Home > Comment, Cool Site > New Year’s Traditions

New Year’s Traditions

Image by wouter! via Flickr

Not so interesting for those of you in Japan, Australia or New Zealand, who are already well into the partying by now (at least, I hope so), but here are some of the questions you may have been asking yourself about New Year‘s Celebrations around the world, with answers from some great specific websites.

Why do people try and eat 12 grapes with the chimes of midnight here in Spain? Well, tradition says it’s because it will bring you 12 happy months in the following year. Although you should try and take out the pips (seeds) first and I also know some people who peel the grapes. Is this cheating? Tradition says nothing about it …

Why is New Year’s Eve so strongly associated with an ancient Scottish song (Auld Lang Syne) that nobody can really understand or remember the words to? And what on earth is Hogmanay? First things first. According to infoplease, Auld Lang Syne was written by the Scottish poet Robbie Burns and asks if we will remember friends in the future and honour their memory when they are no longer with us. Fast forward to the 1920s. The Canadian band-leader Guy Lombardo heard the song in London, Ontario, sung by Scottish immigrants. When he and his band played Auld Lang Syne at a New Year’s Eve party in New York in 1929, a tradition was born. Hogmanay is the name for the celebrations in Scotland, with a number of different possible origins for the name:

There are many theories about the derivation of the word “Hogmanay”. The Scandinavian word for the feast preceding Yule was “Hoggo-nott” while the Flemish words (many have come into Scots) “hoog min dag” means “great love day”. Hogmanay could also be traced back to the Anglo-Saxon, Haleg monath, Holy Month, or the Gaelic, oge maidne, new morning. But the most likely source seems to be the French. “Homme est né” or “Man is born” while in France the last day of the year when gifts were exchanged was “aguillaneuf” while in Normandy presents given at that time were “hoguignetes”. Take your pick!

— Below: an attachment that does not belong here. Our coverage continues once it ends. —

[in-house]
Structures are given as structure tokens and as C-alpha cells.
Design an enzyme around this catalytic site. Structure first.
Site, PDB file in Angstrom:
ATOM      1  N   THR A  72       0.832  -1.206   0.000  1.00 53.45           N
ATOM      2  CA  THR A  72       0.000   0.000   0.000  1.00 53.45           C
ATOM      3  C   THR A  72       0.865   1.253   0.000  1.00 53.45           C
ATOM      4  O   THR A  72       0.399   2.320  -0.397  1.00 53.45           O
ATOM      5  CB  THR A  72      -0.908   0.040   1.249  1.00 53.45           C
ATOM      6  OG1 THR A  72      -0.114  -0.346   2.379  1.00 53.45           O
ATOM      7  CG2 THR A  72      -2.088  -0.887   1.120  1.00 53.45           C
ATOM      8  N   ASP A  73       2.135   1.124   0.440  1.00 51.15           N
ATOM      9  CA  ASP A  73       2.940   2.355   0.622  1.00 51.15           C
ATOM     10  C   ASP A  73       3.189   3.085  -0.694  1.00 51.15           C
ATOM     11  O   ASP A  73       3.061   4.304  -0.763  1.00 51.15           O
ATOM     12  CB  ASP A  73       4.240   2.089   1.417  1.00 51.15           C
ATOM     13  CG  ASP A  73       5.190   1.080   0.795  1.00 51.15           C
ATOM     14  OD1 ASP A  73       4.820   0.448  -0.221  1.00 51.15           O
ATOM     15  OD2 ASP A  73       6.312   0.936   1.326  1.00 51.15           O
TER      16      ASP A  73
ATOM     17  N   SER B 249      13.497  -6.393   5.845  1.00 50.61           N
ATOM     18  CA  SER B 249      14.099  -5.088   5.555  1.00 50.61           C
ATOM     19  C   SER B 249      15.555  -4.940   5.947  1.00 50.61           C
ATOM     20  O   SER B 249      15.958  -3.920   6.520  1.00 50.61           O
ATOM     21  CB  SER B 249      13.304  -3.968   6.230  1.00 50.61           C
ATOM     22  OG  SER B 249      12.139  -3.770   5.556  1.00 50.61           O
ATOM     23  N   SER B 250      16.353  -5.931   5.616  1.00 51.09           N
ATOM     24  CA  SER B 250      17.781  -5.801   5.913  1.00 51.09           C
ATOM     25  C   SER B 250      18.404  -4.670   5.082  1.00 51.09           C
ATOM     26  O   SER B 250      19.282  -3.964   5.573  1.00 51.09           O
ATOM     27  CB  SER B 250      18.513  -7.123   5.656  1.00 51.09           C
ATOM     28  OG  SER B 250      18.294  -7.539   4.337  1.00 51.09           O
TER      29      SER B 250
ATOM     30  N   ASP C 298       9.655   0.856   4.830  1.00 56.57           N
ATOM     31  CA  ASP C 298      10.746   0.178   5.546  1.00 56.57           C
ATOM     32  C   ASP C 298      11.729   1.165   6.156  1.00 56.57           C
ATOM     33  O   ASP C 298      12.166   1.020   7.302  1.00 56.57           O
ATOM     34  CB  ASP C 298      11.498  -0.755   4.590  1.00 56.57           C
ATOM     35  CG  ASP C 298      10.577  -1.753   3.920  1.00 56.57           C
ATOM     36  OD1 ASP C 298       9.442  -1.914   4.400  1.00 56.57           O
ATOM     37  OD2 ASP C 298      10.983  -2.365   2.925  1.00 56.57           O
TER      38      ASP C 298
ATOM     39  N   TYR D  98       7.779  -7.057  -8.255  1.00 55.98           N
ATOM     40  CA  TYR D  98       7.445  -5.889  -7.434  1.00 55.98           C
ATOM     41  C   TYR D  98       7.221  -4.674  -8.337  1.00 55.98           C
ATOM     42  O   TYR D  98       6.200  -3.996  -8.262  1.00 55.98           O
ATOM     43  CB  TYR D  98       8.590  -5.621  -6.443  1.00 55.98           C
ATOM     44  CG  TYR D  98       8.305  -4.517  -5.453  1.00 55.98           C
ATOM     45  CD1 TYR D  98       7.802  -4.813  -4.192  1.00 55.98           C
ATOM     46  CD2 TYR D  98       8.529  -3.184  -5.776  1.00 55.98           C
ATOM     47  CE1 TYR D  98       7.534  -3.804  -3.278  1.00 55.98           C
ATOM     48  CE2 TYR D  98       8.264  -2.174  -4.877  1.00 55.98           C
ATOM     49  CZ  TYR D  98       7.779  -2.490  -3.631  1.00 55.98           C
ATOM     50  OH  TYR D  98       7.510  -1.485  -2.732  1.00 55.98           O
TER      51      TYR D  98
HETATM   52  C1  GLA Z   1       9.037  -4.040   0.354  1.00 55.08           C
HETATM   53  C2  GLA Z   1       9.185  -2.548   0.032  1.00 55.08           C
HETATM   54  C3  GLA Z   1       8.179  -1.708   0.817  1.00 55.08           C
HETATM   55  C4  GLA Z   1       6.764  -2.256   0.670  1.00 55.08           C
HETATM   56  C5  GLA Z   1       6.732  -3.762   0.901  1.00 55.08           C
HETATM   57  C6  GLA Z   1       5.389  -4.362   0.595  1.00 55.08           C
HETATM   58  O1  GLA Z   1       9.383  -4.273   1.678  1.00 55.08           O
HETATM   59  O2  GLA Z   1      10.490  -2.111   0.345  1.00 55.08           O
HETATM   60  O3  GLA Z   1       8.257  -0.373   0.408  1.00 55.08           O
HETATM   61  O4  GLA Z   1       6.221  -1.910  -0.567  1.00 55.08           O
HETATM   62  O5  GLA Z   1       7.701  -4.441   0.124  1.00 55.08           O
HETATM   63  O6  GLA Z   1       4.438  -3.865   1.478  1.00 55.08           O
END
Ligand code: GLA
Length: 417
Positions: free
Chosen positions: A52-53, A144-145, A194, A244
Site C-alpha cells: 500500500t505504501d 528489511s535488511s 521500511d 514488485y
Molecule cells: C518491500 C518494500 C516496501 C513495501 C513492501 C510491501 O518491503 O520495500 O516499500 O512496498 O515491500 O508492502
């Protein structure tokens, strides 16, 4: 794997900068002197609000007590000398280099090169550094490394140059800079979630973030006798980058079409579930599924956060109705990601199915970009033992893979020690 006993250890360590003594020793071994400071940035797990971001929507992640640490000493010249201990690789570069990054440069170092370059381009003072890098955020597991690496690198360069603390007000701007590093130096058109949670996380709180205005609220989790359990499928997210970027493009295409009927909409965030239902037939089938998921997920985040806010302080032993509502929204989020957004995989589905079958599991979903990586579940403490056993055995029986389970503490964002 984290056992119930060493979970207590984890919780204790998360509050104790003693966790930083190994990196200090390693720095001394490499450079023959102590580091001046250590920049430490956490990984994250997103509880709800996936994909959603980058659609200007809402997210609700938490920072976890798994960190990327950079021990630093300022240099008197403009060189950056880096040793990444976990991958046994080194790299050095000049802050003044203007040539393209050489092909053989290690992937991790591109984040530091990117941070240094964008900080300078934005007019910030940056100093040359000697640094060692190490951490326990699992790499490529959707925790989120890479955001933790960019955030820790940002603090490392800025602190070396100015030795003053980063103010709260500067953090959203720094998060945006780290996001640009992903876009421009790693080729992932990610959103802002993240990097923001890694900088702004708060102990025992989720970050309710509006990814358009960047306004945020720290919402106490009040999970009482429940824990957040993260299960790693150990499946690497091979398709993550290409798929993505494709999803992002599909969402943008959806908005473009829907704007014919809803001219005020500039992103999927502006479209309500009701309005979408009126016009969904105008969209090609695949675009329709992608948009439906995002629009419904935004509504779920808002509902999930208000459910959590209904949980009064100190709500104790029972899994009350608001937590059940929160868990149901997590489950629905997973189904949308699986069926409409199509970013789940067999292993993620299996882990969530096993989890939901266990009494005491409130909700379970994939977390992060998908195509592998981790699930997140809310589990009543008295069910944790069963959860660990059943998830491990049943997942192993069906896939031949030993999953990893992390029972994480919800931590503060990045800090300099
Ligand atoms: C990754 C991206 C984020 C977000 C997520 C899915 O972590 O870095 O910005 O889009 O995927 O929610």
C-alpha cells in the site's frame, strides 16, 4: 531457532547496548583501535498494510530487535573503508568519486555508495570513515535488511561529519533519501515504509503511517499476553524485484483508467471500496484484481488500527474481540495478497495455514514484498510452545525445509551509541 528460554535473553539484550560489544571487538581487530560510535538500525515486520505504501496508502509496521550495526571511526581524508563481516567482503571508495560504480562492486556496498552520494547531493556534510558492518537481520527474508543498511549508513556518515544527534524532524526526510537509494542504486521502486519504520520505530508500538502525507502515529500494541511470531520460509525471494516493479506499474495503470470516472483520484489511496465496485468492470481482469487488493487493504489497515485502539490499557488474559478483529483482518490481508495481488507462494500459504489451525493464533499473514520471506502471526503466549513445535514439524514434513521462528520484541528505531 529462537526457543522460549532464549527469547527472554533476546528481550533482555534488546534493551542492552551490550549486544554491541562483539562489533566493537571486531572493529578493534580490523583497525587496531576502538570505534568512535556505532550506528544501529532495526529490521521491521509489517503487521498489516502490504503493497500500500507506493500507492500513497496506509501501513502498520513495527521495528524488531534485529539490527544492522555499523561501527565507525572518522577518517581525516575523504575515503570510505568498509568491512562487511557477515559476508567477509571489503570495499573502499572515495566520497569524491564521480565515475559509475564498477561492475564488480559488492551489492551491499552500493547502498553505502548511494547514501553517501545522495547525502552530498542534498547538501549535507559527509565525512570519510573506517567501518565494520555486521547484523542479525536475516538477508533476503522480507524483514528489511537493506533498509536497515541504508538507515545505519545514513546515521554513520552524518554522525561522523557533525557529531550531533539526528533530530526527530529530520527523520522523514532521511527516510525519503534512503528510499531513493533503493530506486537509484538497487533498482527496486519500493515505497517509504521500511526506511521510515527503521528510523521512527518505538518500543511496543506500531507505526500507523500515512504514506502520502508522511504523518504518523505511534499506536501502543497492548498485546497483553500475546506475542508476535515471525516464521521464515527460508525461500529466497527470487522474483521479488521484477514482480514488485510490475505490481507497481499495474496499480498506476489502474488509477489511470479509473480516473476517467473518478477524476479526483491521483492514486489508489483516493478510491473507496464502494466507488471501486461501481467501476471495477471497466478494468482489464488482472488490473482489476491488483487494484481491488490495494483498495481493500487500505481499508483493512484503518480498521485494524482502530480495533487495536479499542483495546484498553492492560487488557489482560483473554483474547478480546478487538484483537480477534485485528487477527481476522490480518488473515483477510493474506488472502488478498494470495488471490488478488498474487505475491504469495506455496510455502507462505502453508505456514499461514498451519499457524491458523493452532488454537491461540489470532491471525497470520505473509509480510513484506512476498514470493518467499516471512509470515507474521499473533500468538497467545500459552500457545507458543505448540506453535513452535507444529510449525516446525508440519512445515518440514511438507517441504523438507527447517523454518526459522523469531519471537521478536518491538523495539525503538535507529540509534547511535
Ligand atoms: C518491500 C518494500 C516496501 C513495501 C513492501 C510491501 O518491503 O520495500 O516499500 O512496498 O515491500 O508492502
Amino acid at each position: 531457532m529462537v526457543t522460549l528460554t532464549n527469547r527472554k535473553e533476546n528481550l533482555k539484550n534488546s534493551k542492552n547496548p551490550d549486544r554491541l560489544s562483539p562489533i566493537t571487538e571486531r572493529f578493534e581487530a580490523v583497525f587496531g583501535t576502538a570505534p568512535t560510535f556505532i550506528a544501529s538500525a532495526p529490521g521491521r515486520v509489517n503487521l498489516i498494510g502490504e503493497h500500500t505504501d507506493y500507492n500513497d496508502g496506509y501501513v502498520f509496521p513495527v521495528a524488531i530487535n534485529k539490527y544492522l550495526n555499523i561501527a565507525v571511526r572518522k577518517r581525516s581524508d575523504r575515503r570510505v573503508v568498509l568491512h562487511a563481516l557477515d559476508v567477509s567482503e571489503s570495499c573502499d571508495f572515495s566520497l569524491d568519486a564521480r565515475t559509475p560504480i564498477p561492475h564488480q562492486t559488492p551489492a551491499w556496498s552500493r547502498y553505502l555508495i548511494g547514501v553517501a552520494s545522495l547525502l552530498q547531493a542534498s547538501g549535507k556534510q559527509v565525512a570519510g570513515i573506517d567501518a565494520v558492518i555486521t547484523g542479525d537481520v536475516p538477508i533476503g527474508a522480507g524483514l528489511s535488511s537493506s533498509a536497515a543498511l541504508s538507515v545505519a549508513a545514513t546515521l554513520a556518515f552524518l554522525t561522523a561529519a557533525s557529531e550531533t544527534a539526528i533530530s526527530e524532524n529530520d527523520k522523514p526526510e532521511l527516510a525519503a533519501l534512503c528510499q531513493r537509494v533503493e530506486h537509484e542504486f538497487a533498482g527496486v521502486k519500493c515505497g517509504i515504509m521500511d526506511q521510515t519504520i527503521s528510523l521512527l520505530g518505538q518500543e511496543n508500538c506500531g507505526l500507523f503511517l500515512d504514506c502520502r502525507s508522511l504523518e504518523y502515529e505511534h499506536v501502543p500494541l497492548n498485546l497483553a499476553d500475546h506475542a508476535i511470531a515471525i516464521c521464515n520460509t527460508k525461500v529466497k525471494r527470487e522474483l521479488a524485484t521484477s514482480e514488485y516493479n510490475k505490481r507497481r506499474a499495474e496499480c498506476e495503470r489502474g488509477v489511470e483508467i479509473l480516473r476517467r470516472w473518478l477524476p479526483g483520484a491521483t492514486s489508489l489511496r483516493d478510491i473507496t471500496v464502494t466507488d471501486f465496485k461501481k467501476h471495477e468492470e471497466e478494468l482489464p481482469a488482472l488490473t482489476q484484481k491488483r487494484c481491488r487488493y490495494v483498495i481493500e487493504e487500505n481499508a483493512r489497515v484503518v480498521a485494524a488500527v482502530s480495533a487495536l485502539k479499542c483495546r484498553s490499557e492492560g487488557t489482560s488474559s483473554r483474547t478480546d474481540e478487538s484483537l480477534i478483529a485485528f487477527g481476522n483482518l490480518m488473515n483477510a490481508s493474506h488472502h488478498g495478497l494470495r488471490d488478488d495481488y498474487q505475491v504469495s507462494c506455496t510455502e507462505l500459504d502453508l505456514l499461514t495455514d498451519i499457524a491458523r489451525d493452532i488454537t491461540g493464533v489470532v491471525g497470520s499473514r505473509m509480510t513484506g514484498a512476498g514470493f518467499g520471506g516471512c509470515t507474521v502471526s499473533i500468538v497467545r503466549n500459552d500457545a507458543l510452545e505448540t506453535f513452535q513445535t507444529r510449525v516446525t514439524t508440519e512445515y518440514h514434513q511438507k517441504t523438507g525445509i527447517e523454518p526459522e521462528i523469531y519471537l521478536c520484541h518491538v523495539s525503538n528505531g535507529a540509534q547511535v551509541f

The Edinburgh Hogmanay festivities are probably the most famous in the country, if not the world and this year is no exception – you can visit their website at http://www.edinburghshogmanay.org/ or just click on the picture up there on the left.

Wherever you are, have a great celebration and a happy 2010!

Sites worth looking at for more information:




Reblog this post [with Zemanta]
  1. December 31, 2009 at 6:49 pm

    Happy new year for everybody!!!!!!!!!!!!!!!!!!!!!!!!!!!

  1. No trackbacks yet.

Leave a Reply

Fill in your details below or click an icon to log in:

WordPress.com Logo

You are commenting using your WordPress.com account. Log Out /  Change )

Google+ photo

You are commenting using your Google+ account. Log Out /  Change )

Twitter picture

You are commenting using your Twitter account. Log Out /  Change )

Facebook photo

You are commenting using your Facebook account. Log Out /  Change )


Connecting to %s

%d bloggers like this: